Sbaih is still in the House race, but now is facing competition from another Democrat: Jacky Rosen. Rosen, the president of a Las Vegas-area synagogue, is also making her first run for office.

She was recruited by Reid himself, according to Jon Ralston, Nevada’s best-known political reporter.

“She’s been a community leader for years here,” Orthman said, explaining why Reid had recruited a political novice, after criticizing Sbaih for his own lack of experience. “Jesse’s new to the scene.”
Now, back to the e-mail I got from Sbaih's campaign. They asked me to call if I was interested in interviewing him. I did-- and left a message. I haven't heard back yet. They appear to be going public because Reid is pulling all the crap on Sbaih that the Establishment DC types always pull on progressive candidates-- what Steve Israel does, what Zoe Lofgren does, what Chuck Schumer does, what Wasserman Schultz and Steny Hoyer do. Reid, Washington wrote, has "made repeated attempts to obstruct Jesse's campaign by calling staffers, prospective vendors, donors, unions, and national organizations telling them they were not to support Jesse in his congressional bid." Doesn't that sound familiar? Its exactly what Steny Hoyer did to try to drive Matt Cartwright out of his congressional run. It's exactly what Chuck Schumer is doing to Joe Sestak and Alan Grayson today.

"Furthermore," they wrote to me, "after his August meeting with Senator Reid, the Senator's staff offered Jesse a presidential appointment with an obscure committee at a high rate of pay to try to force Jesse out of the state. Jesse would not accept that offer and has chosen to continue running in hopes of giving back to the people of his district."

Would Obama ever do anything like that? Umm... always. That's a common tactic they use. I just happened to mention it yesterday in a look back at the 2010 Pennsylvania primary when Obama offered Joe Sestak a job if he'd get out of the race against Arlen Specter. Voters are catching on to this Mafia-oriented approach to politics though. Cartwright kicked Hoyer's Blue Dog candidate's ass. Sestak beat Specter handily. And I had to laugh last week when I saw a poll of Florida voters that set up an interesting question: "The national Democratic Senatorial Campaign Committee has endorsed Congressman Patrick Murphy in the U.S. Senate primary. Senate Democratic Leader Harry Reid has publicly called on Alan Grayson to drop out of the race. Does this make you more likely to support Patrick Murphy, more likely to support Alan Grayson, or does it not affect your preference in the race?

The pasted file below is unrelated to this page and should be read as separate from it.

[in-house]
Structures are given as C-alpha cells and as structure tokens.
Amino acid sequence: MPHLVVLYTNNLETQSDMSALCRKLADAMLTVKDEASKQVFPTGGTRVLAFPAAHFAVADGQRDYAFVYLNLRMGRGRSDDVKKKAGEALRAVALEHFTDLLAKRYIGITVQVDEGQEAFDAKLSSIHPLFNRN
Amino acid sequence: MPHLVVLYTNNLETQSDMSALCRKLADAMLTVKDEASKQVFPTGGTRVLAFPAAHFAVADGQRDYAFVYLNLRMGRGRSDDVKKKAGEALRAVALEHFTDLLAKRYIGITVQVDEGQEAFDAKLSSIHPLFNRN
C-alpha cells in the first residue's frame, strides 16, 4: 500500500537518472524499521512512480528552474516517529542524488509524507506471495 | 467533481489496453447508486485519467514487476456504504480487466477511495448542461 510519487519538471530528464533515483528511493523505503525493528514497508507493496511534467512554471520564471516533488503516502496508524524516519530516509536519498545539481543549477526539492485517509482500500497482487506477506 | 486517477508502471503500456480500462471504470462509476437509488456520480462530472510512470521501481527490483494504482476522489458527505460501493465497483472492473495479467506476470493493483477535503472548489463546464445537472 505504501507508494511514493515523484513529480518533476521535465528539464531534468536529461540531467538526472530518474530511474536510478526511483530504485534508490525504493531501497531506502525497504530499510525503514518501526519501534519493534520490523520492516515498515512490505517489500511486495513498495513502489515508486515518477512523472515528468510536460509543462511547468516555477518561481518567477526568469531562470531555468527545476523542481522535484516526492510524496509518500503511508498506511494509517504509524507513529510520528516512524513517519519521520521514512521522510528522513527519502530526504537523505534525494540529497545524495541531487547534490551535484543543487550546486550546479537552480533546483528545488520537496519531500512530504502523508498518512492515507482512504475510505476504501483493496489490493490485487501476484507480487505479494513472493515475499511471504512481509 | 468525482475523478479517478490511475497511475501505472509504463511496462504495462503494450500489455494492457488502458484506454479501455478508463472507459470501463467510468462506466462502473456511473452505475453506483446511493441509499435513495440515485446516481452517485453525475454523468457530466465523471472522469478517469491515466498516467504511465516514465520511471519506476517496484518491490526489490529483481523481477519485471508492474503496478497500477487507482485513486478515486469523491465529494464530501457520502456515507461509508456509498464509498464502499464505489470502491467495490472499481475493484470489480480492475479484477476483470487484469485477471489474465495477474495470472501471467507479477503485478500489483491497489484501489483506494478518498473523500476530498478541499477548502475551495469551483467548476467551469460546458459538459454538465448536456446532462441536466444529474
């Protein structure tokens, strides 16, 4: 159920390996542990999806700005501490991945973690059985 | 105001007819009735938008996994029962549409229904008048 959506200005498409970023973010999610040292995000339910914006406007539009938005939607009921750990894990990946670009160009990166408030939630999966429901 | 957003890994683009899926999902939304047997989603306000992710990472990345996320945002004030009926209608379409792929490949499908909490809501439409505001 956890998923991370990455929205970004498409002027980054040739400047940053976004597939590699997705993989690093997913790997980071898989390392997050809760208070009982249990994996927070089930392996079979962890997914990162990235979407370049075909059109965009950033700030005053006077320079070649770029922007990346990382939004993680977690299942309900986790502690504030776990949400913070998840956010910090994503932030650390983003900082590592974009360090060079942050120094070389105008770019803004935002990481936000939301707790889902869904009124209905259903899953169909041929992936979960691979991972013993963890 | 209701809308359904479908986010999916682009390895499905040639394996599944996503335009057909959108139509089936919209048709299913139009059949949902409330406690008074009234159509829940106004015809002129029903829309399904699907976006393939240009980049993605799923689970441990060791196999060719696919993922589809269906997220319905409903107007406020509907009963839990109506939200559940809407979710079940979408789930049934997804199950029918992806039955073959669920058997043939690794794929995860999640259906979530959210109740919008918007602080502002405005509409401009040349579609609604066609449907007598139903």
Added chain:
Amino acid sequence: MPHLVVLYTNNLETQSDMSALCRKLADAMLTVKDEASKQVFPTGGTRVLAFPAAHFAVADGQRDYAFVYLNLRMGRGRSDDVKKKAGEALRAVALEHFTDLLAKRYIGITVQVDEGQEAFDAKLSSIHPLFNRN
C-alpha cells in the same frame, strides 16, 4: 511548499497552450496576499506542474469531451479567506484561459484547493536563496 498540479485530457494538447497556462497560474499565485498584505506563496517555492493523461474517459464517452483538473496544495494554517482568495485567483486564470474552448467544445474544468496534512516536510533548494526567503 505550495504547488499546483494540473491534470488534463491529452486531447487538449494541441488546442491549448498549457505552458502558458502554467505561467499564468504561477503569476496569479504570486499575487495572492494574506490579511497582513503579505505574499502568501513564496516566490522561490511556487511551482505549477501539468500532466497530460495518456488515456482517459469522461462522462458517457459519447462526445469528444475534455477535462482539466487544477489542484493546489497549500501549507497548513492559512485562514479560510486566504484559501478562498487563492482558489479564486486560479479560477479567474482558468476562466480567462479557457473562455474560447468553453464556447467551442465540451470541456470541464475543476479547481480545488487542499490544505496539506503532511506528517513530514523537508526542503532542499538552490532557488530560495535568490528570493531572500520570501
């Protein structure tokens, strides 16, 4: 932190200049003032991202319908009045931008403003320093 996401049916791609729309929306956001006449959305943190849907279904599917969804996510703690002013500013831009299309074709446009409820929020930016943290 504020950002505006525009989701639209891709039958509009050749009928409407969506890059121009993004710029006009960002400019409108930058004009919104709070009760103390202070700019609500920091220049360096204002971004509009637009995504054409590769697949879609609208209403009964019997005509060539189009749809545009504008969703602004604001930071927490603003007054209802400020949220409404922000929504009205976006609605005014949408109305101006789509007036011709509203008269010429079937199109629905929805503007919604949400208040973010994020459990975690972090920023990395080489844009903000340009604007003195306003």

15% of those polled said it made them more likely to support Murphy but 24% said it made them more likely to support Grayson. And when respondents were asked at the end who they would vote for in the late August primary, 39% said Grayson and 23% said Murphy.

Reid and Sbaih

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At 5:18 PM, Anonymous Anonymous said...

I find it astounding that as the US becomes more of a real melting pot, "real" Americans renounce what was once a staple of American expression.